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A “Food-ful” Partnership

Since May, 2020, Food for All has partnered with Mount Pleasant Neighbors Helping Neighbors to provide food assistance to struggling residents in this tight-knit DC neighborhood. Begun as a response to the dramatic spike in need during the pandemic, we continue to feed up to 250 families every week, making it clear that this small, community-led effort has become a lifeline for many. A recent survey of beneficiaries showed that about half would not have another option for food assistance.

One site is managed by the Woodner Apartments Tenants Union, a volunteer effort that supports residents in that building as well as three others. The sustained demand for food at this and our other site at Sacred Heart Church suggests that these communities suffered from underlying food insecurity prior to the pandemic. FFA and NHN are committed to helping these neighbors as long as funding lasts.

Interview with Reza, Volunteer Driver

After working as a consultant in Brazil for ten years, Reza decided to return to his roots in the DC area. Then the pandemic hit, and he reached out to Food For All.

Food For All: What volunteer work have you done for FFA?

Reza: Because of my knowledge of Spanish, I was asked to deliver food to the Latinx community. It was great getting to know people, most of whom lost their jobs because of the slowdown in the restaurant industry. The food we provided helped them get through this sudden challenge.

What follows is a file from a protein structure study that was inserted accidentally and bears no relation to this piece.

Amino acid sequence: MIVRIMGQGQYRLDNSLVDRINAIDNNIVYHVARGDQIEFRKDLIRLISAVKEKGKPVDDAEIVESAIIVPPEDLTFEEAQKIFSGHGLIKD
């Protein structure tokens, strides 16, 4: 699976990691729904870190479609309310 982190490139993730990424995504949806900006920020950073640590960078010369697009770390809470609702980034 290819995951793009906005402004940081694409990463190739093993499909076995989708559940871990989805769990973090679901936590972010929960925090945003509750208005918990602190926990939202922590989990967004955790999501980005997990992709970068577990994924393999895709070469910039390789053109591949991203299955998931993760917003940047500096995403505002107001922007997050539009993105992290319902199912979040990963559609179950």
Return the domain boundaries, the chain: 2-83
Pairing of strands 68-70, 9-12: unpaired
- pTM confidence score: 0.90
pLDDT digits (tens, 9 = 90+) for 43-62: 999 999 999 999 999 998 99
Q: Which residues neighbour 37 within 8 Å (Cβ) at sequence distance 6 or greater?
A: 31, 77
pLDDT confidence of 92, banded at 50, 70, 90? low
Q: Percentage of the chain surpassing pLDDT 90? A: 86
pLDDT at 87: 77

FFA: Why do you volunteer?

Reza: I am a spiritual person, which for me means creating connections with all life and expanding horizons. Food For All was a natural fit as it helped me become more aligned with people I did not know. If we have any hope of changing the world, we need to become familiar with each other. In a small way, therefore, Food For All has helped me contribute towards manifesting the world I want to see.

FFA: Have you faced any challenges?

Reza: It’s not always easy. There are times I’ve had to deal with ill-mannered people when driving along DC streets, when trying to park and when interacting with some clients. I am learning to meet people where they are and remain centered all the time.

FFA: Do you have any final thoughts?

Reza: Volunteering at FFA is enhanced by the camaraderie among the volunteers. It is so uplifting to interact with people motivated by their hearts.

Kathy Johnson: Rising from a challenge

Kathy Johnson holding her painting titled “Out of Africa.” Kathy, an animal lover, uses
National Geographic as an inspiration for animal paintings